Z's first dentist appointment. Great teeth! Yay! We're not neglectful, horrible parents for waiting this long for the dentist (although we did just purposefully and intentionally torture our son but hey, life is pain, princess...). And then, come home. Eat chips. Eat cookies. (What happens when you don't eat lunch). Set a better example: Eat strawberries, grapes, celery. Feed Max (man, we're close to the 2, 5, 8, 11 schedule and yet it's 2:32). Played fish (I draw some fish.) Play Princess (again. As usual. What does the snow princess where? Whatever you're wearing Z). Play hide and seek (really? But I have to get up for that!). Write blog post for the new Essay Daily Website. Send novel to novel contest. Feed Max. Feel bad for Max who seems to be in a little pain. Worry he was just putting up a strong face for the doctors. Poor Max.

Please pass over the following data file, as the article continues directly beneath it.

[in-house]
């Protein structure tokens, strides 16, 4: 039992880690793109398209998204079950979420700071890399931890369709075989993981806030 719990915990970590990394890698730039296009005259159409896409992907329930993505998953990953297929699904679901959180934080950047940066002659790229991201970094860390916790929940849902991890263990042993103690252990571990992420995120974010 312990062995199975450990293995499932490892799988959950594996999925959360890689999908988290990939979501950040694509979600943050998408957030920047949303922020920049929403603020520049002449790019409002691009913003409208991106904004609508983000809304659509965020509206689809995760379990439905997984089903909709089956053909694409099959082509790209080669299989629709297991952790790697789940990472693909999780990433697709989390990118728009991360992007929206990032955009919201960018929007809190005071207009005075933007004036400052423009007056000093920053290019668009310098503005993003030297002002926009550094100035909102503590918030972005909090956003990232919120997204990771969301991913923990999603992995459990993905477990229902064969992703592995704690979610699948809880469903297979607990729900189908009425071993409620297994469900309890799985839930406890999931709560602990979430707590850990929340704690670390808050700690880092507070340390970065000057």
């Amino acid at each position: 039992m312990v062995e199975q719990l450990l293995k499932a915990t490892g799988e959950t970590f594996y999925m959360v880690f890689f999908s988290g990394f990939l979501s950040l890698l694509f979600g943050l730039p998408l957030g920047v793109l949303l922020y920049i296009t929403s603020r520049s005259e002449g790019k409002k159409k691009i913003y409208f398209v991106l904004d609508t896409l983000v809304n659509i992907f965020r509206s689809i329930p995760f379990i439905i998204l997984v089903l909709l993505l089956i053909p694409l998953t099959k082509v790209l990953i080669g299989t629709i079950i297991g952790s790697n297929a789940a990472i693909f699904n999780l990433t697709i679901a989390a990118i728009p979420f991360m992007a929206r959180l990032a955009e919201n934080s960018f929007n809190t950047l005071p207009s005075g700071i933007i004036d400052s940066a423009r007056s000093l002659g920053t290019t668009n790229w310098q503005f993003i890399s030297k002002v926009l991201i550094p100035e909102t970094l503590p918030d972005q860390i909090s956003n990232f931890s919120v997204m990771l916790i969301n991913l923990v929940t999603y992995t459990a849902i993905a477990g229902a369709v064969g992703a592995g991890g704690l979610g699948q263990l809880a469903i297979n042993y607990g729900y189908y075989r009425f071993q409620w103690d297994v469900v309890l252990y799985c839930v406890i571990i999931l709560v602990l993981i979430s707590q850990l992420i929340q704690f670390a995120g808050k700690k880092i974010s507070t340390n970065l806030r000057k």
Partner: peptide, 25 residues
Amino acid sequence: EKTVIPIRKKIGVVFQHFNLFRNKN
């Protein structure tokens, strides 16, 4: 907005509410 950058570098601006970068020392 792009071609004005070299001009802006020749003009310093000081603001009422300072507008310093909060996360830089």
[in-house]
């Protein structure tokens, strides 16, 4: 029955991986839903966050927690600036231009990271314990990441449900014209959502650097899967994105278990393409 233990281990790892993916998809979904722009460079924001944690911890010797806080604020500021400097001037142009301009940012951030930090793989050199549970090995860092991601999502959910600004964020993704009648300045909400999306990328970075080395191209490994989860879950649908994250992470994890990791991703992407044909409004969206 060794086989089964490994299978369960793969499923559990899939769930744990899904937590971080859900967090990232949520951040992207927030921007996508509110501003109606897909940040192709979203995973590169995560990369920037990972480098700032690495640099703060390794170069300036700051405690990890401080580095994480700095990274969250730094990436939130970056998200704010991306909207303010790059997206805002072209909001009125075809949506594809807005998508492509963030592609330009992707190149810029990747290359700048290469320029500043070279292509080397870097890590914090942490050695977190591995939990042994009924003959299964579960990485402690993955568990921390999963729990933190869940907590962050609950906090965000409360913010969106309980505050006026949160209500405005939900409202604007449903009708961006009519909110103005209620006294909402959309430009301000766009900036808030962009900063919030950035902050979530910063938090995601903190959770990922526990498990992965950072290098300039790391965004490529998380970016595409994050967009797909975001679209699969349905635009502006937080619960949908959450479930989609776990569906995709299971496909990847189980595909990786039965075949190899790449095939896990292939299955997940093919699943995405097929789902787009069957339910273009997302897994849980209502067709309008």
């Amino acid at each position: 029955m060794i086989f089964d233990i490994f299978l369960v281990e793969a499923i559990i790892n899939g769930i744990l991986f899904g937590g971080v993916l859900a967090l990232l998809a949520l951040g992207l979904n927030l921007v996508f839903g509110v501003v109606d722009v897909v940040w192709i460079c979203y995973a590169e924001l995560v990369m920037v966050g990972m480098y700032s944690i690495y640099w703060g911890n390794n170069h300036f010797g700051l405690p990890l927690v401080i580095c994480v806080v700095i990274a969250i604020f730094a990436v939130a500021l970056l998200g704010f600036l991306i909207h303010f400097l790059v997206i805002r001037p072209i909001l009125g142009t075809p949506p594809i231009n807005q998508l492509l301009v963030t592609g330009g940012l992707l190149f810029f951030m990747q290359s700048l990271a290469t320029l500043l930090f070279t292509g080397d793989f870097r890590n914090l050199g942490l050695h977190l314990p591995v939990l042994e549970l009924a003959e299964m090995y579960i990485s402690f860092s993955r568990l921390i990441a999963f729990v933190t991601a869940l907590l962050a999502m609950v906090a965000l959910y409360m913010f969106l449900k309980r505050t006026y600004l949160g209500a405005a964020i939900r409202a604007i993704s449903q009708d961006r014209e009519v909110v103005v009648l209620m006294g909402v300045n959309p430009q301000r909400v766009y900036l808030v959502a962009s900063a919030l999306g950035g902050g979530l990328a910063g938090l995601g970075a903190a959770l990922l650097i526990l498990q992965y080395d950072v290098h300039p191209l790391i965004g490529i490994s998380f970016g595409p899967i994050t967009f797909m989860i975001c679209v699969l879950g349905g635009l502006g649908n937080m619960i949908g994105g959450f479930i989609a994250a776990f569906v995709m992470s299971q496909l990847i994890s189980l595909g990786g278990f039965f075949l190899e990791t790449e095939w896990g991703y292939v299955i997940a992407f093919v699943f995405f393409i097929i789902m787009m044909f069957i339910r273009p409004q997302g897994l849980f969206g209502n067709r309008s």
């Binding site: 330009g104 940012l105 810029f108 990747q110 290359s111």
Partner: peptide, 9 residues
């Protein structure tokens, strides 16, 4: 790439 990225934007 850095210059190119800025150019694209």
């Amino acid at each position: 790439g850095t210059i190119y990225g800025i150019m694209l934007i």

But, work! Send: flurry of emails about certificate program--3.0 gpa required? Everyone gets back to me so quickly that I fear I've neglected them lo these many weeks off. Won't my colleagues be thrilled when I'm officially back and emailing daily? (Not daily. I promise). Help Z wash lettuce for tacos. Find onions for Erik for tacos. Feed Max. Update blog. Type one-handed. Play pretend dinner with Z. Hope the table cleans itself off.
Looking forward to tonight, a multiple choice quiz.
a) shovel snow
b) read student (295 page!) thesis
c) finish thank you notes
d) send manuscript to other review places
e) play princess
f) feel bad for Max. Worry. Infection, bleeding, pain. Oh what have I done for the sake of not Max not having his penile region called pigs in a blanket (and other reasons. I promise. Also, the dentist supported the circumcision and had just read new studies about the preventative powers of the circ. So good then.